He willed for street kids, but sons came in way


November 5, 2008

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Before his death in March 2007, Dr Shapoor Behram Badshah, a rich Parsi living in Germany, wanted to do something for the welfare of Mumbai’s street children.
He executed a will, which provided for the construction of a hospital, a prayer hall and a shelter home for the homeless kids.

Badshah’s will stated that a large part of his estate comprising movable and immovable properties was to be administered by the Dr Shapoor Behram Badshah Charitable Trust. His two Mumbai-based sons were bequeathed certain properties.
However, according to a petition filed in Bombay High Court, Badshah’s two sons allegedly suppressed the fact that their father had left a will and obtained the right to administer his entire estate.

In an unprecedented order, given recently, the HC not only confirmed that Badshah did leave a will, but also stated that if his two sons failed to comply with their father’s wishes stated in the will, then the chairperson of Akanksha, an NGO working for  street children, would be appointed as administrator of Badshah’s estate.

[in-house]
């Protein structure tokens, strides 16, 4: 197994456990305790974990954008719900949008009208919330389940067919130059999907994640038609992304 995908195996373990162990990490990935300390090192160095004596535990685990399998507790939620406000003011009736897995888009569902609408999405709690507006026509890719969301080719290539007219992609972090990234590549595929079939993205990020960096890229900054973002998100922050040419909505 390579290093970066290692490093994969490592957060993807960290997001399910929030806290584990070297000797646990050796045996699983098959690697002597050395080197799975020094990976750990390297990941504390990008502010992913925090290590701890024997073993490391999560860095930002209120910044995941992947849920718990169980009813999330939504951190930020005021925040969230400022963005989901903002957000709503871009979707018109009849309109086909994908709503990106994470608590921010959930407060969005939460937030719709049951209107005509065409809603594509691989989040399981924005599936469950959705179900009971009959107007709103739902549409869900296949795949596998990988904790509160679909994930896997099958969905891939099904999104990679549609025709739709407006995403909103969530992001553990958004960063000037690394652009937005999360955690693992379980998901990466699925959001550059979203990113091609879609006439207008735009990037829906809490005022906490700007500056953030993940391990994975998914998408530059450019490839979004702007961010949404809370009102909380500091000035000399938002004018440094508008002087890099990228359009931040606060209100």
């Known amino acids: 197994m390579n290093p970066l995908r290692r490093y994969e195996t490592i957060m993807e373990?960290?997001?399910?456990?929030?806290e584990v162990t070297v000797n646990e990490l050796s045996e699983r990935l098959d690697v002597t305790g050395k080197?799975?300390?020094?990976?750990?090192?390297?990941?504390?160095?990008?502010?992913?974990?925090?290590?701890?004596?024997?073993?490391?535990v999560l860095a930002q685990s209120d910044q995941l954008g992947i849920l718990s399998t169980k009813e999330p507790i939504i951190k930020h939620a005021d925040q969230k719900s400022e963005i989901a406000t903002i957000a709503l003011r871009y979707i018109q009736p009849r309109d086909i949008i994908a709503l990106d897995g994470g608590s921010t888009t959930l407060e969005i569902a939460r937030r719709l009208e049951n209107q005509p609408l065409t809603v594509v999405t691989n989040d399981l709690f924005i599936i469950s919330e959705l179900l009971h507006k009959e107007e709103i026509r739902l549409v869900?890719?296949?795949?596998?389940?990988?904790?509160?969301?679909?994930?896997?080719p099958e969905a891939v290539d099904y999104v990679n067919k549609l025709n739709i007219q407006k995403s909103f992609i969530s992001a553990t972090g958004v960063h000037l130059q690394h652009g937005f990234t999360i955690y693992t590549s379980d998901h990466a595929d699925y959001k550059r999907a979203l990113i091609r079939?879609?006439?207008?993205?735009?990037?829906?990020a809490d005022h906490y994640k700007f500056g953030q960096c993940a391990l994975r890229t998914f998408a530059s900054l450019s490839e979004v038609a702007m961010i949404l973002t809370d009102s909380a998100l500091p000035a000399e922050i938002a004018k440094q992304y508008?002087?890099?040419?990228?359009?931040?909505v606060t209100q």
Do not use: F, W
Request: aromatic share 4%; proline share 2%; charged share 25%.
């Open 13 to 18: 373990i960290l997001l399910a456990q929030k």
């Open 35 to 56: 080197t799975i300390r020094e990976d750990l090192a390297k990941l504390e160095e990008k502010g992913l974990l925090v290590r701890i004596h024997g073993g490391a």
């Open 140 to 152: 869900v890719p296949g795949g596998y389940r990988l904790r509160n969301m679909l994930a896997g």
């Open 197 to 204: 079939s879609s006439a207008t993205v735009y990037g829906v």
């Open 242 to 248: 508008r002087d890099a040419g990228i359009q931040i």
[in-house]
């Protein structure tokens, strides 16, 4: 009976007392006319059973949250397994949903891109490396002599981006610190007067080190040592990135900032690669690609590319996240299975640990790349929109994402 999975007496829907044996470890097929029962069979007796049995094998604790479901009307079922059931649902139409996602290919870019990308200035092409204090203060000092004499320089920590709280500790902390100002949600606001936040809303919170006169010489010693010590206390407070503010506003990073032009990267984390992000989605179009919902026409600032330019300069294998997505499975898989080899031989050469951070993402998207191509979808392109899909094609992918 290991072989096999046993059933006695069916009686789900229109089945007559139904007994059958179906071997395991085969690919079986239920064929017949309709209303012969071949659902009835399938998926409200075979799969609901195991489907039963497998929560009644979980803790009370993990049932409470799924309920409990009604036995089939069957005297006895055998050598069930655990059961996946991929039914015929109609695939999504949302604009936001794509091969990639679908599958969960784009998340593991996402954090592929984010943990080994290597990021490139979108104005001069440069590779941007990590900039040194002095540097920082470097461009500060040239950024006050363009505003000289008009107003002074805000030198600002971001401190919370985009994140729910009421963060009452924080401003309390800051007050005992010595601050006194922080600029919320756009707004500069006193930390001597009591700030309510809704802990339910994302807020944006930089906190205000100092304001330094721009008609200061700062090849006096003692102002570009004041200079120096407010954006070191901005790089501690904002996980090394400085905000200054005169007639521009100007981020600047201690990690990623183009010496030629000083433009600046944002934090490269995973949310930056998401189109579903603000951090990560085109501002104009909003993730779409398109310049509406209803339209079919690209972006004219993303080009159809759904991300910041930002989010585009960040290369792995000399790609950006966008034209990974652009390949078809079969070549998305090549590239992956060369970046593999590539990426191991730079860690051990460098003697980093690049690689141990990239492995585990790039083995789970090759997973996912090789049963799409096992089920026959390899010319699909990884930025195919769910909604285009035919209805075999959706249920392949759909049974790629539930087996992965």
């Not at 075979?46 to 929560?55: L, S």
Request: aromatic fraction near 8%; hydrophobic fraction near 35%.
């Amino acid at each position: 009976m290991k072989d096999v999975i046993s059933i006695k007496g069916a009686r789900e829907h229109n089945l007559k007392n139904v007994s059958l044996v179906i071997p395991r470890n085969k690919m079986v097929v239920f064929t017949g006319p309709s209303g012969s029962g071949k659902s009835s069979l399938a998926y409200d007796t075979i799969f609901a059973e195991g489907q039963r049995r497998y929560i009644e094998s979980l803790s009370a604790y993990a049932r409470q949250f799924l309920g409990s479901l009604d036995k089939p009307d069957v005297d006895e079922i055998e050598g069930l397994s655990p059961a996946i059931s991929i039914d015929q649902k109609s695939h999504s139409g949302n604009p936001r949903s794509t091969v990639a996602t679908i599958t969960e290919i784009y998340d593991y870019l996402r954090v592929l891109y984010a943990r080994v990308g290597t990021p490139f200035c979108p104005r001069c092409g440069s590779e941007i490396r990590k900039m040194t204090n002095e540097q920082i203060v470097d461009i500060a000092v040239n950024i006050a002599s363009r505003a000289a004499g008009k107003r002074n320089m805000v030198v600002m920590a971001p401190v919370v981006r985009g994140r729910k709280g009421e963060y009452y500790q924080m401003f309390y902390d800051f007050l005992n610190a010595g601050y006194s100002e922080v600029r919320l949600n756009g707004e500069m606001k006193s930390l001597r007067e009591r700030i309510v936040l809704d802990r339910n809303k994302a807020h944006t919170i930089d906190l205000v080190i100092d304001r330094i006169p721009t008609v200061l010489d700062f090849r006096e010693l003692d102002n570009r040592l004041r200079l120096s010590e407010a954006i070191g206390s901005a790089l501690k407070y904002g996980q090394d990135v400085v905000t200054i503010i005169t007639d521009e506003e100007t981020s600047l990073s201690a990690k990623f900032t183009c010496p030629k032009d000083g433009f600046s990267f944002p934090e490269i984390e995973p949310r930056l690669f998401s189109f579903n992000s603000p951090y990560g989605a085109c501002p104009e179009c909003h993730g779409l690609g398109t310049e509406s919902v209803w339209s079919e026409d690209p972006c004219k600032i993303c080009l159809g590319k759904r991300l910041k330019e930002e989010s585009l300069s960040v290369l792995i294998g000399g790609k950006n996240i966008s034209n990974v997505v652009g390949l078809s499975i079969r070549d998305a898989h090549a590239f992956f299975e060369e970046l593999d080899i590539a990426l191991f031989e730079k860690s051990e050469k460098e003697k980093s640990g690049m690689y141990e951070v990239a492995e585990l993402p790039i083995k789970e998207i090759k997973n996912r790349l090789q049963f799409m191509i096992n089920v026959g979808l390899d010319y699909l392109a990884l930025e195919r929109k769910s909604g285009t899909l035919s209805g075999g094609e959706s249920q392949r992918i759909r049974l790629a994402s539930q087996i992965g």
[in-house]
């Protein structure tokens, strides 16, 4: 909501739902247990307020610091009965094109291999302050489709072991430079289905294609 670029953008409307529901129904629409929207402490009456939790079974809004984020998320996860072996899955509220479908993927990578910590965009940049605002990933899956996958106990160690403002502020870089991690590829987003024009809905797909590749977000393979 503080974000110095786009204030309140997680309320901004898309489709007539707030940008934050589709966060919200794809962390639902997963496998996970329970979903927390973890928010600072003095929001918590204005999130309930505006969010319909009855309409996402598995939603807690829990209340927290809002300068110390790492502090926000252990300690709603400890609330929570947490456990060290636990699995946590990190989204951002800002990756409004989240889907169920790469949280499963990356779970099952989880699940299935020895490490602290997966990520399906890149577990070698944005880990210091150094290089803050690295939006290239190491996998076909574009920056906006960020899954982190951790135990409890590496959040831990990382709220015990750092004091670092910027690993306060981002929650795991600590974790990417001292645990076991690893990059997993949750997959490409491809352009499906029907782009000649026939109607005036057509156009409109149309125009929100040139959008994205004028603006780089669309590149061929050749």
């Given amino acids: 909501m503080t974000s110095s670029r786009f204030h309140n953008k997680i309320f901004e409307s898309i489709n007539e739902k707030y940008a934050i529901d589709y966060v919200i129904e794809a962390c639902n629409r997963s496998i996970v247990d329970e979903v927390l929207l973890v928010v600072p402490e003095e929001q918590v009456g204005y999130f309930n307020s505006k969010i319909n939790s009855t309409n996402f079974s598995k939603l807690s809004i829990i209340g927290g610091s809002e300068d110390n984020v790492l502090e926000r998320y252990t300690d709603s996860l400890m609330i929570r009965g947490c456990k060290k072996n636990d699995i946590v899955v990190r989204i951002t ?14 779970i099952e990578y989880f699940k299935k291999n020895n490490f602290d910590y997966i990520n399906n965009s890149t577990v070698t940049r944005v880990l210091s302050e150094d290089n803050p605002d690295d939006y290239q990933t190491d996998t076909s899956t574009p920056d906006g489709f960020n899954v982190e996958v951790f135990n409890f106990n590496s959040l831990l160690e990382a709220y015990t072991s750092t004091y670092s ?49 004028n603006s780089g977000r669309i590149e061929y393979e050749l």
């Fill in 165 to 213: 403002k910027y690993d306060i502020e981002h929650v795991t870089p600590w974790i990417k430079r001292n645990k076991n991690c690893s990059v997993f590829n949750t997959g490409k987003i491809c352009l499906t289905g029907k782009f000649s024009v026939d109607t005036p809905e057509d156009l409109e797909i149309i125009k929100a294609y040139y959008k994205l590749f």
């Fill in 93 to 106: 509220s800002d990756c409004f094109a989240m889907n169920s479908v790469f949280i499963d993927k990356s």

If the responsibility is not accepted by Akanksha then the chairperson of World Vision, another NGO, would be appointed administrator, Justice Roshan Dalvi ruled.

Interestingly, Shaheen Mistry, chairperson of Akanksha, was totally unaware of this order. “We have not been consulted in any such matter,” she told DNA and requested this correspondent to provide her a copy of the order. 

The petition in the HC was filed by Bomi Pirojshah Sachinwala, who claimed to be the executor of Badshah’s will and the contractor of the proposed hospital. Badshah’s sons denied that their father had executed a will.

They maintained that they had a cordial relationship with their father and were to perform his funeral. Yet, none of them was made executor under the will and were bequeathed only a small part of their father’s estate. “Hence the will is unconscionable,” their lawyers argued.

Sachinwala pointed out that Badshah, who visited India before his death, was unhappy over the delay in the construction of the hospital and had filed a case against his company in the Consumer Disputes Redressal Commission.

Justice Dalvi held that Badshah’s complaint in the Consumer Forum made reference to his “desire to utilise his money for charitable purposes for the downtrodden. It is averred in the complaint that it is for that purpose that the deceased (Badshah) used to come from Germany, where he was settled, to India, which was his motherland, to construct a hospital building. This very averment lends credence to the execution of the will.”

The HC held that Sachinwala could not be appointed executor of the will as he had renounced the executorship in 2002 in a letter written to Badshah. The court
has directed Badshah’s sons to obtain a letter of administration as per the will within four months.